WTI (West Texas Intermediate) crude oil prices have been outperforming Brent crude oil prices. Brent prices are thus trading at a discount over WTI prices. The WTI-Brent spread narrowed from -$0.39 per barrel on January 8, 2016, to $0.48 per barrel on January 15, 2016.
US crude oil supplies and Iranian crude oil production
US crude oil production averaged 9.4 MMbpd (million barrels per day) in 2015. In 2016, it’s expected to decline by 7.4% to average 8.7 MMbpd. It’s expected to decline further in 2017 to average 8.5 MMbpd. From these estimates, it’s clear that US crude oil supplies are going to be tighter in upcoming years. This trims the supply glut in US crude oil markets. WTI crude oil prices (USO) will benefit as a result.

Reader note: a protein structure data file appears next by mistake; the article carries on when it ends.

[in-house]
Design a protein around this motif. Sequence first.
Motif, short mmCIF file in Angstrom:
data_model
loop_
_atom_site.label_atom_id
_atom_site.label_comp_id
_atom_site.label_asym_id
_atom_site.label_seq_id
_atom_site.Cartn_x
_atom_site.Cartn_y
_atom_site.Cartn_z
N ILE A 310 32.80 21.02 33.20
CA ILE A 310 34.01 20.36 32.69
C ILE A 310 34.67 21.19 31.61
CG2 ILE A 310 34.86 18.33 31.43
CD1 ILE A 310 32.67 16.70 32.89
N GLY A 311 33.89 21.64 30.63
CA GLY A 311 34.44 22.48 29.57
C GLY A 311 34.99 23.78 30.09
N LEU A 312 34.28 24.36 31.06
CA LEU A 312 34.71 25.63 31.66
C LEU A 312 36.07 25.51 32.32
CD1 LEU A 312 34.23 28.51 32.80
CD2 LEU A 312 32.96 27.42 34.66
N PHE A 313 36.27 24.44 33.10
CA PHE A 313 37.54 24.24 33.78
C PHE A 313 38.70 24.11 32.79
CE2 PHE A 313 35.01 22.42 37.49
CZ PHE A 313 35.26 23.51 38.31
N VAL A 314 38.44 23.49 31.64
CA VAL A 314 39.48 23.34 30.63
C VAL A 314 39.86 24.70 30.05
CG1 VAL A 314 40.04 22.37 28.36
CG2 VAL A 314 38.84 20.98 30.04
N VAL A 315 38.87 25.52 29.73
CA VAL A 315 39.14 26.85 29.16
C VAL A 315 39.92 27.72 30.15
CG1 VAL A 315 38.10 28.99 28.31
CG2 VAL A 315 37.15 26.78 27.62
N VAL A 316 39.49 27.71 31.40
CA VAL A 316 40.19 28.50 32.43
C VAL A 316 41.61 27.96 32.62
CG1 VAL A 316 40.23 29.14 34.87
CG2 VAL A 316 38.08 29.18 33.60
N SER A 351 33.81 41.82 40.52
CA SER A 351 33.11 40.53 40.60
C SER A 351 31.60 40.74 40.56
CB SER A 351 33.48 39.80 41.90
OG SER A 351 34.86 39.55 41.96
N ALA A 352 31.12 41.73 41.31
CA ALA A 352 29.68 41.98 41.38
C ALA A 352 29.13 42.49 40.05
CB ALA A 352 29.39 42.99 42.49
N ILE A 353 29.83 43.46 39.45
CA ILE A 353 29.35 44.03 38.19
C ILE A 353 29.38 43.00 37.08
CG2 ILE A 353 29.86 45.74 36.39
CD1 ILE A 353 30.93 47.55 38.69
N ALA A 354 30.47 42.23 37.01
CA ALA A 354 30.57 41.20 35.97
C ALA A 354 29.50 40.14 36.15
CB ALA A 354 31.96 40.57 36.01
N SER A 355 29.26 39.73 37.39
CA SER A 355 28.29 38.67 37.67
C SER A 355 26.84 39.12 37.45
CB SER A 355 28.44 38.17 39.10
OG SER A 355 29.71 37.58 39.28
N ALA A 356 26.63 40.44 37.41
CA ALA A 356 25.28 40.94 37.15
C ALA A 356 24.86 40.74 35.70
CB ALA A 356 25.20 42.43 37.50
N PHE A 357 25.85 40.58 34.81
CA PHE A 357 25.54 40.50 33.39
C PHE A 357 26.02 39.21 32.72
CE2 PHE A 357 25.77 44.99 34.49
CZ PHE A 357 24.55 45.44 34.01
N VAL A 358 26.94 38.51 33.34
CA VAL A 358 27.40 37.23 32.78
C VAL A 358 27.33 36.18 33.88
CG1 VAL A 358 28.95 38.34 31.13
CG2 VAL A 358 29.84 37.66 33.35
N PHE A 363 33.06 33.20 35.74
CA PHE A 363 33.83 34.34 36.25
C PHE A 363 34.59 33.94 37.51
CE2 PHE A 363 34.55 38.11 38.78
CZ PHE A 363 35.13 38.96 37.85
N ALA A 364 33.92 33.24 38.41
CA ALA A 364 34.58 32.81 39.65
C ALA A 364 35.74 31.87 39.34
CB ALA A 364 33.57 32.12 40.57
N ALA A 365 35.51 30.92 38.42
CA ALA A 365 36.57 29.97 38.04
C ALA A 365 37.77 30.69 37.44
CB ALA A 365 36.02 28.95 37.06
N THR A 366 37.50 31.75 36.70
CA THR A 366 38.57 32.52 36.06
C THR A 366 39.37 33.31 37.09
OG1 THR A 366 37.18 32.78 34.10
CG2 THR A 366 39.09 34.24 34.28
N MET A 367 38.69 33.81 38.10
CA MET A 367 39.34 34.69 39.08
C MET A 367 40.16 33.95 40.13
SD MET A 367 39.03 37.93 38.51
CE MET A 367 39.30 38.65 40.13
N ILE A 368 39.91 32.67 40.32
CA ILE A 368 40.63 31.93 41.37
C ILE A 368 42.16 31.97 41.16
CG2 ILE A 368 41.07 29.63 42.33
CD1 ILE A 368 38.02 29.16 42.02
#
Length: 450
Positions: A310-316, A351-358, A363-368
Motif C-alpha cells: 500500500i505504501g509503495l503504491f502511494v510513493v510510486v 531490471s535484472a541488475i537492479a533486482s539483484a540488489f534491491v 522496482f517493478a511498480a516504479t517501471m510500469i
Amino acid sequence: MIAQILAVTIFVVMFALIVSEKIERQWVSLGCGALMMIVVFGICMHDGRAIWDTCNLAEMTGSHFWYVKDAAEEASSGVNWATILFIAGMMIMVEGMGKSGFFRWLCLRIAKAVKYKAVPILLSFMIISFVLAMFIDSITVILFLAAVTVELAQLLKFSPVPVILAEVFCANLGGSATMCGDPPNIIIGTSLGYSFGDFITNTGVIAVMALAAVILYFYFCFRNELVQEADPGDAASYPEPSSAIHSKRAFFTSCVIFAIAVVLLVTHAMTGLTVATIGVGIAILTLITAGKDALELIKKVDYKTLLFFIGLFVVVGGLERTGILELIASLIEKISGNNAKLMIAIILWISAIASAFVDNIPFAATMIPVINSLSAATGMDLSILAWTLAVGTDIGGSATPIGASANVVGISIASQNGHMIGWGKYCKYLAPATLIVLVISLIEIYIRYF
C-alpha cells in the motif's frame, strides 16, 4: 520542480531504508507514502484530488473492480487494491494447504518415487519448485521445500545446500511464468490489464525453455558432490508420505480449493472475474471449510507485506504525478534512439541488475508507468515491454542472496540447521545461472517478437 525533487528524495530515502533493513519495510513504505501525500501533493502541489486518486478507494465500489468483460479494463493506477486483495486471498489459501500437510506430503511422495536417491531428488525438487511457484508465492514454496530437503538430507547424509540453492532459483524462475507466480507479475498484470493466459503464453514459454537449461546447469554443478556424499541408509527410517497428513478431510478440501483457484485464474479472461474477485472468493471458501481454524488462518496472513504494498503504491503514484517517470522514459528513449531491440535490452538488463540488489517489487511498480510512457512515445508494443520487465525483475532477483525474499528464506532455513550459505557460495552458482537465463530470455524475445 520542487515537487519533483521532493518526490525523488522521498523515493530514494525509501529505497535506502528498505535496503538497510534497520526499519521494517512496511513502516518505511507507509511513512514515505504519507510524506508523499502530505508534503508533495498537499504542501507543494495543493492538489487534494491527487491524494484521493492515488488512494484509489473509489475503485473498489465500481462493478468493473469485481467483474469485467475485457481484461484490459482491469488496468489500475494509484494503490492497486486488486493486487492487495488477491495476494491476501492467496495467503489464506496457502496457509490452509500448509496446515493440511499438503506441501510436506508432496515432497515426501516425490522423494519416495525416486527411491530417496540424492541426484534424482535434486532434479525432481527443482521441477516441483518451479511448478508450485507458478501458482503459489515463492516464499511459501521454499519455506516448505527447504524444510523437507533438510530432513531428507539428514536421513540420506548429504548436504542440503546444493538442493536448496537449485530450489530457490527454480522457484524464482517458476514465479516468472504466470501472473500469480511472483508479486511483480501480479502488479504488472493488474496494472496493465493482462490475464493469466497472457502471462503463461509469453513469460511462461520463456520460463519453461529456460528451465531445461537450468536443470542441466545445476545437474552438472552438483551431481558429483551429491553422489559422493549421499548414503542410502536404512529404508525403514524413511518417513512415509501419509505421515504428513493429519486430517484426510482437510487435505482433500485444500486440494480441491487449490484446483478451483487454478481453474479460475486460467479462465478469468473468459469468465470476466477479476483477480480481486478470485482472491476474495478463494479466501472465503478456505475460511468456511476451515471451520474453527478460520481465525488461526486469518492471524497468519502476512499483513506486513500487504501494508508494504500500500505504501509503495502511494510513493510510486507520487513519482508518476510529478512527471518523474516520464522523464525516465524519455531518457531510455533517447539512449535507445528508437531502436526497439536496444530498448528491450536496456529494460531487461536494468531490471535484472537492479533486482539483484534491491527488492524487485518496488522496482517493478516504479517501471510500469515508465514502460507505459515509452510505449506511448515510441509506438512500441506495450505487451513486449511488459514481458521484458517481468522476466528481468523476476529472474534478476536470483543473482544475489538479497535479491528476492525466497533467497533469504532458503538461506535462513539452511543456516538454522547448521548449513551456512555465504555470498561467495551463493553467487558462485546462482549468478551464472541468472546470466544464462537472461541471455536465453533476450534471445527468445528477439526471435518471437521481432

According to a Reuters report, Iran is ready to ship 1.1 MMbpd of crude oil in January 2016. That’s about 20% more than December’s exports. Crude oil will flood the European and Indian markets to add to the glut that’s already affecting the global crude oil market.
US crude oil supplies are tightening. But European crude oil markets will feel the impact from the flood of crude oil. So WTI has evolved as the premium crude oil over Brent crude oil. Premium prices for WTI crude oil allow US oil producers such as Diamondback Energy (FANG), Apache (APA), Anadarko Petroleum (APC), Hess (HES), and Conoco Phillips (COP) to sell at prices that are higher than their international counterparts who are producing Brent crude oil.